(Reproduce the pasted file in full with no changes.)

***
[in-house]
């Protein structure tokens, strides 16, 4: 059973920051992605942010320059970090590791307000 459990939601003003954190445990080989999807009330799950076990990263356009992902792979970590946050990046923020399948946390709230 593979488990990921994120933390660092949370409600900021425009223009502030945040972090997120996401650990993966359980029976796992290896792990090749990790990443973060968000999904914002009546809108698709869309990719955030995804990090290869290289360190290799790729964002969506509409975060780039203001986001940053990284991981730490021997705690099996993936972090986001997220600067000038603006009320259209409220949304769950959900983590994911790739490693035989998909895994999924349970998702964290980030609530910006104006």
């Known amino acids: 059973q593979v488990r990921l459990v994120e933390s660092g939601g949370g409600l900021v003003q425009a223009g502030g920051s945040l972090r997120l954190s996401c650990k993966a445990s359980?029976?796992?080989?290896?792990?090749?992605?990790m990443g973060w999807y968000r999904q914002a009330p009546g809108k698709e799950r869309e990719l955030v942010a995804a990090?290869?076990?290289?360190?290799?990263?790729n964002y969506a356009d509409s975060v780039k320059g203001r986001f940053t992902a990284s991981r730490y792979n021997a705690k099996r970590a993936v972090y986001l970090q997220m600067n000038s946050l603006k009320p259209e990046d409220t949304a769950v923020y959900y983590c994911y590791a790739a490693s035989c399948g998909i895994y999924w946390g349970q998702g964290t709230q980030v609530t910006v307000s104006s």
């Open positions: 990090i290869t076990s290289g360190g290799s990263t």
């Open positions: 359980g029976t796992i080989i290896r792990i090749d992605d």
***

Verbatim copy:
[in-house]
């Protein structure tokens, strides 16, 4: 059973920051992605942010320059970090590791307000 459990939601003003954190445990080989999807009330799950076990990263356009992902792979970590946050990046923020399948946390709230 593979488990990921994120933390660092949370409600900021425009223009502030945040972090997120996401650990993966359980029976796992290896792990090749990790990443973060968000999904914002009546809108698709869309990719955030995804990090290869290289360190290799790729964002969506509409975060780039203001986001940053990284991981730490021997705690099996993936972090986001997220600067000038603006009320259209409220949304769950959900983590994911790739490693035989998909895994999924349970998702964290980030609530910006104006």
């Known amino acids: 059973q593979v488990r990921l459990v994120e933390s660092g939601g949370g409600l900021v003003q425009a223009g502030g920051s945040l972090r997120l954190s996401c650990k993966a445990s359980?029976?796992?080989?290896?792990?090749?992605?990790m990443g973060w999807y968000r999904q914002a009330p009546g809108k698709e799950r869309e990719l955030v942010a995804a990090?290869?076990?290289?360190?290799?990263?790729n964002y969506a356009d509409s975060v780039k320059g203001r986001f940053t992902a990284s991981r730490y792979n021997a705690k099996r970590a993936v972090y986001l970090q997220m600067n000038s946050l603006k009320p259209e990046d409220t949304a769950v923020y959900y983590c994911y590791a790739a490693s035989c399948g998909i895994y999924w946390g349970q998702g964290t709230q980030v609530t910006v307000s104006s």
């Open positions: 990090i290869t076990s290289g360190g290799s990263t």
């Open positions: 359980g029976t796992i080989i290896r792990i090749d992605d």